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Underwater sculpture – Mexico

Tuesday, April 30, 2013
Underwater sculpture – MexicoLike0

Jason deCaires Taylor is an internationally acclaimed eco-sculptor who creates underwater living sculptures, offering viewers mysterious, ephemeral encounters and fleeting glimmers of another world where art develops from the effects of nature on the efforts of man. His site-specific, permanent installations are designed to act as artificial reefs, attracting corals, increasing marine biomass and aggregating fish species, while crucially diverting tourists away from fragile natural reefs and thus providing space for natural rejuvenation. Subject to the abstract metamorphosis of the underwater environment, his works symbolize a striking symbiosis between man and nature, balancing messages of hope and loss.

Taylor’s sculptures change over time with the effects of their environment. These factors create a living aspect to the works, which would be impossible to reproduce artificially. As time passes and the works develop biological growth, they redefine the underwater landscape, evolving within the narrative of nature.

The Silent Evolution “our favorite ” (2010), forms a permanent monumental artificial reef in Mexico. Occupying an area of over 420 square meters and with a total weight of over 200 tons, it consists of 400 life-size casts of individuals taken from a broad cross section of humanity and has been designed to aggregate fish and corals on a grand scale. Slowly but surely these sculptures are evolving, a fur of algae on a girl’s cheek, a starfish on a nun’s face, The Silent Evolution reveals the imperceptible changes of nature on human artifice. Eventually this underwater society will be totally assimilated by marine life, transformed to another state—a challenging metaphor for the future of our own species. You can see most of his work here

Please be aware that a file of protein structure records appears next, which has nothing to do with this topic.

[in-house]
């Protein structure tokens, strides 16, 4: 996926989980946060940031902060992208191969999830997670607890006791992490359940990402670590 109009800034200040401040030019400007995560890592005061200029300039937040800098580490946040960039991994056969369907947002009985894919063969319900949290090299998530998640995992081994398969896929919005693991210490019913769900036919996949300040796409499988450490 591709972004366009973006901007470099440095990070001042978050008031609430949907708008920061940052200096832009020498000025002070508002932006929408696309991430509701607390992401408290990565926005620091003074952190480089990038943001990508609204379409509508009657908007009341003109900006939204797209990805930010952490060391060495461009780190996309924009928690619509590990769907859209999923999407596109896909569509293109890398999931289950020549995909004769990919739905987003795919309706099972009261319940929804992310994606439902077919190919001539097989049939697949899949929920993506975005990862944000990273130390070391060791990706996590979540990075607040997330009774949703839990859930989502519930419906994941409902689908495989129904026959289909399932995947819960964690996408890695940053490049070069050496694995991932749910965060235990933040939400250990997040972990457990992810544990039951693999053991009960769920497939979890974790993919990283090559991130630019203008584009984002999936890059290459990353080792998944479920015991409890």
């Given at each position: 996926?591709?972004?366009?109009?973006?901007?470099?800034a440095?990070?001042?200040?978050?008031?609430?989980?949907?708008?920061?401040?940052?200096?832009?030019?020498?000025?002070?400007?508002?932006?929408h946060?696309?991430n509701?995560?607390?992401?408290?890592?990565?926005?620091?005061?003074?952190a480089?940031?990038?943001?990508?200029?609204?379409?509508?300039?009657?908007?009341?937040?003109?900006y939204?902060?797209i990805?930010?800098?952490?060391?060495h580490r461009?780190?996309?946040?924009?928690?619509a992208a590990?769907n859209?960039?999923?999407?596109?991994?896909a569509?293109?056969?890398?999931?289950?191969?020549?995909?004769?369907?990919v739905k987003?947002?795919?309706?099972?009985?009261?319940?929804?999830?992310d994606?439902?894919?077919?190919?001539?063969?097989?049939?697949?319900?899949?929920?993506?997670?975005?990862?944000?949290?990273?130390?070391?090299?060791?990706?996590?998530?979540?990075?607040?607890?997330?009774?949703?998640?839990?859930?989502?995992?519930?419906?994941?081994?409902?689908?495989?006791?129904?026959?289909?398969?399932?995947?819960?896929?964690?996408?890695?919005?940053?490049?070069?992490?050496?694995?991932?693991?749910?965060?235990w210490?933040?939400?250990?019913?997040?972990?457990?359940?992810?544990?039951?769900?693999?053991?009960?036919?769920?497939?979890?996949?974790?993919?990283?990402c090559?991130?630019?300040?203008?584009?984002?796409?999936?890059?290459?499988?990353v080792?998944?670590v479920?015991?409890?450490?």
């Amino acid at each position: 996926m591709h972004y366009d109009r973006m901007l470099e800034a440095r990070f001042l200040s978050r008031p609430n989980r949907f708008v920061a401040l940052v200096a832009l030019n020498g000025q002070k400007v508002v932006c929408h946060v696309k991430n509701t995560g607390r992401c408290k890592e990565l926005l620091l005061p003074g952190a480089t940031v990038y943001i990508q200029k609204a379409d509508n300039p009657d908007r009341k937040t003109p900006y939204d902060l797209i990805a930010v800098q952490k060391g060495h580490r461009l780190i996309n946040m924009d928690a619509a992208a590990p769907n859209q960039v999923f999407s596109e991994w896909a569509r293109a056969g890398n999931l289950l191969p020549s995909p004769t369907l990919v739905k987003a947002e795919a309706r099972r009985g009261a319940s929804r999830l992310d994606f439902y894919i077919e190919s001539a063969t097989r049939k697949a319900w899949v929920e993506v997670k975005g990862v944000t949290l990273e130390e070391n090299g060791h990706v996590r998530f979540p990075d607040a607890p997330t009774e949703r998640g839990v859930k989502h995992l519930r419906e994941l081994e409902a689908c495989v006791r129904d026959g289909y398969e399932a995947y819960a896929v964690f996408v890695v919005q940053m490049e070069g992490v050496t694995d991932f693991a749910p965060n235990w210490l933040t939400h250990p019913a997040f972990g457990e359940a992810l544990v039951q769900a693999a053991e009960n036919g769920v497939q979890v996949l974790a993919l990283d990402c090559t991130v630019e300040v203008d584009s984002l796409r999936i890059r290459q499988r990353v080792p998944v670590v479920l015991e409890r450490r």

Over the past few decades, we have lost over 40% of our natural coral reefs. Scientists predict a permanent demise of 80% by 2050. Jason de Caires Taylor’s art is an example of generative human intervention in the ecosystem, showing what can be accomplished by individual imagination and collective effort. Taylor’s strategy of conserving reefs, opposes the “land as commodity” mentality of Capitalism. His creation of underwater sculpture parks attracts tourists away from natural reefs, allowing them to recover, and taps into tourism revenue, showing how activists might be able to use the system’s rapacious tendencies against itself. His exceptional works are designed “to promote the regeneration of marine life and to use sculpture as a means of conveying hope and awareness of the plight of our oceans” before it is too late.

You can find them in the waters surrounding Cancun, Isla Mujeres and Punta Nizuc.

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